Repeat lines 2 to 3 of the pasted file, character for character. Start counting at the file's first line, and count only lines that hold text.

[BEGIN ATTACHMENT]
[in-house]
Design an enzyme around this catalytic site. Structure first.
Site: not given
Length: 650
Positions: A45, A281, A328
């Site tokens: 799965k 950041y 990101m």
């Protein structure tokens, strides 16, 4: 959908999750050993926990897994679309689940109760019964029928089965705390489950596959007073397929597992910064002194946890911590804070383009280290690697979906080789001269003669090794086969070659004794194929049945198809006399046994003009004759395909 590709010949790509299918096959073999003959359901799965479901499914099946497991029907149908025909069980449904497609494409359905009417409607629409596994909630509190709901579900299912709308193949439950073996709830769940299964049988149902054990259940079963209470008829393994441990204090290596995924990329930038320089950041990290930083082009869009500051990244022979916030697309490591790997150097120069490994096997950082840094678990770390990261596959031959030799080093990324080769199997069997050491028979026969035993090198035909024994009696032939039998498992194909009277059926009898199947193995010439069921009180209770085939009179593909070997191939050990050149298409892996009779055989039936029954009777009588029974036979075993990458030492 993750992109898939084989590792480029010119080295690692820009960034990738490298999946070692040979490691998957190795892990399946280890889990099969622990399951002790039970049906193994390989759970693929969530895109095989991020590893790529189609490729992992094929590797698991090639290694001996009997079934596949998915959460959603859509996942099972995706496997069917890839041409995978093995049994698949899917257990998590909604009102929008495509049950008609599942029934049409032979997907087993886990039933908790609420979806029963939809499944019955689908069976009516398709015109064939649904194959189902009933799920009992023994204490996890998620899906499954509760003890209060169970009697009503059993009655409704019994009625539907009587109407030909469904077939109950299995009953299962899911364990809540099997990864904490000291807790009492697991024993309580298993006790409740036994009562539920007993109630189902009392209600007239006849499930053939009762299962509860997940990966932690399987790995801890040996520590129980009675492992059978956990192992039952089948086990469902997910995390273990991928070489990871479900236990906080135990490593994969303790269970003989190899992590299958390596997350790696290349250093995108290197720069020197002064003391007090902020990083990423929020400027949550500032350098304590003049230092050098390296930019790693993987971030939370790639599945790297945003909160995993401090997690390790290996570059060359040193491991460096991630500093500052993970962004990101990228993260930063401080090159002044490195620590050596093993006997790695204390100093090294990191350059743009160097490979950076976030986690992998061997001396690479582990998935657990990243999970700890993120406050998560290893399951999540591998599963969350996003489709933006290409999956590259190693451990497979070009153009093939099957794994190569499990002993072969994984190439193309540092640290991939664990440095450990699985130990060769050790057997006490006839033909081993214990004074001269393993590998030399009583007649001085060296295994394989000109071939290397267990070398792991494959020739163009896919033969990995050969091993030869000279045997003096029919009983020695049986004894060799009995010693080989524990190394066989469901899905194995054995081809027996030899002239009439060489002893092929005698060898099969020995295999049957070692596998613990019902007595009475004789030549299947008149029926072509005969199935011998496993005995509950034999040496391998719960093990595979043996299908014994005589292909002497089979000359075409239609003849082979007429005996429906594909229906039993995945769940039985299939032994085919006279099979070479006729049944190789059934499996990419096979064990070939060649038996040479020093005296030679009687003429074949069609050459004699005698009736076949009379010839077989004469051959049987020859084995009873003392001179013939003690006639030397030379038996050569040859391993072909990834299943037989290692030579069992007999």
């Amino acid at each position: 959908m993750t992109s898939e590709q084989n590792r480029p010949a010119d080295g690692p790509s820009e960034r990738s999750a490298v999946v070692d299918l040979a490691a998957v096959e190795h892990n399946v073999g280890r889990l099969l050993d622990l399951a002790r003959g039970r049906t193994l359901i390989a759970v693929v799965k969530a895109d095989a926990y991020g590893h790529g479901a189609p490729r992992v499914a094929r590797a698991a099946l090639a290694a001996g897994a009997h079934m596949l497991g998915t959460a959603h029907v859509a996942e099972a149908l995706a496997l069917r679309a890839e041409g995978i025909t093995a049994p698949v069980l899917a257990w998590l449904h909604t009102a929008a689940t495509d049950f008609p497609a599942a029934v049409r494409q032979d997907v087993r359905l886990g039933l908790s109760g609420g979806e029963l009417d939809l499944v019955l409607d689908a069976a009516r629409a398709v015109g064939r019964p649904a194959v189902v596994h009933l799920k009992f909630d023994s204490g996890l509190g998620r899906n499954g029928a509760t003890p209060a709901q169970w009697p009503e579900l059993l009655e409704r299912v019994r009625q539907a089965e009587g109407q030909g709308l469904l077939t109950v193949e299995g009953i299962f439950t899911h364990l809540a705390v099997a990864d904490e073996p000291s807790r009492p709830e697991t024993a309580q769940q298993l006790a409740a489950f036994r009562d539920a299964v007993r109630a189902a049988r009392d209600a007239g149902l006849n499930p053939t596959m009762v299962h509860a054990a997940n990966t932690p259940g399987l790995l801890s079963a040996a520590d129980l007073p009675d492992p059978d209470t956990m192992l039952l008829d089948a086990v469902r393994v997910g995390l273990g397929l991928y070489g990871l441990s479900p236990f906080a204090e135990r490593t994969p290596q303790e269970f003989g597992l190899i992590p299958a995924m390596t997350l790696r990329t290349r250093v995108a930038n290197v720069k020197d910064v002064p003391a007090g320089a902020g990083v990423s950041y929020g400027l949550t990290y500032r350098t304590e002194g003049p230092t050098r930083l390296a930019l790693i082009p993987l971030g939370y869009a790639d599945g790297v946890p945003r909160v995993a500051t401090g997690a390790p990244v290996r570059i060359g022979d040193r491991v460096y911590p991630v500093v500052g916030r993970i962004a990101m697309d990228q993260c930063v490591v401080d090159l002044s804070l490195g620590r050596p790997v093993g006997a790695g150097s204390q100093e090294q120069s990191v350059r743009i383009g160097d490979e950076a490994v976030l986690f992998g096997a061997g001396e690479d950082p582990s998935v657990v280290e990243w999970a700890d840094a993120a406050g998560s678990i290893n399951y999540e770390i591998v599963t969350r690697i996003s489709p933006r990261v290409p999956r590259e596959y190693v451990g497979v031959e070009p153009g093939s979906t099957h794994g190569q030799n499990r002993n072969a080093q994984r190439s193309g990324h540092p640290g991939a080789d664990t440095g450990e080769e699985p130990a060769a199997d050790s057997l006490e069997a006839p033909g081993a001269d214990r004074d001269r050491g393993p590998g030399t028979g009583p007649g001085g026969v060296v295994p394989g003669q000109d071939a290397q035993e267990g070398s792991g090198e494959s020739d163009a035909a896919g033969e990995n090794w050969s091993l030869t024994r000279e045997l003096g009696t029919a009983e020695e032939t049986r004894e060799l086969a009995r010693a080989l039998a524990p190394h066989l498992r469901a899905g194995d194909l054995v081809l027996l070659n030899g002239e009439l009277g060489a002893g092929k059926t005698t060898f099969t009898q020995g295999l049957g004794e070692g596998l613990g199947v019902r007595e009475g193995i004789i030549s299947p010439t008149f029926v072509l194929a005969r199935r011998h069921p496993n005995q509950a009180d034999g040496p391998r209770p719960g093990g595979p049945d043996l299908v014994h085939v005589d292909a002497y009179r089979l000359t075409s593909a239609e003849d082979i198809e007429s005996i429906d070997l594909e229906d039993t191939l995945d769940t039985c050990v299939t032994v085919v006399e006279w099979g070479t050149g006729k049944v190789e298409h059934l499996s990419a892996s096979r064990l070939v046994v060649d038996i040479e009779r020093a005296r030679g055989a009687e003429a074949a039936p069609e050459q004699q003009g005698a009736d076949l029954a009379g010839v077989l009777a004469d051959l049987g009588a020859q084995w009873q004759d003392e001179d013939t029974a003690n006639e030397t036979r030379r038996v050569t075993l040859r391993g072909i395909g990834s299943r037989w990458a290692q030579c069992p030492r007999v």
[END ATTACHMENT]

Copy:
Design an enzyme around this catalytic site. Structure first.
Site: not given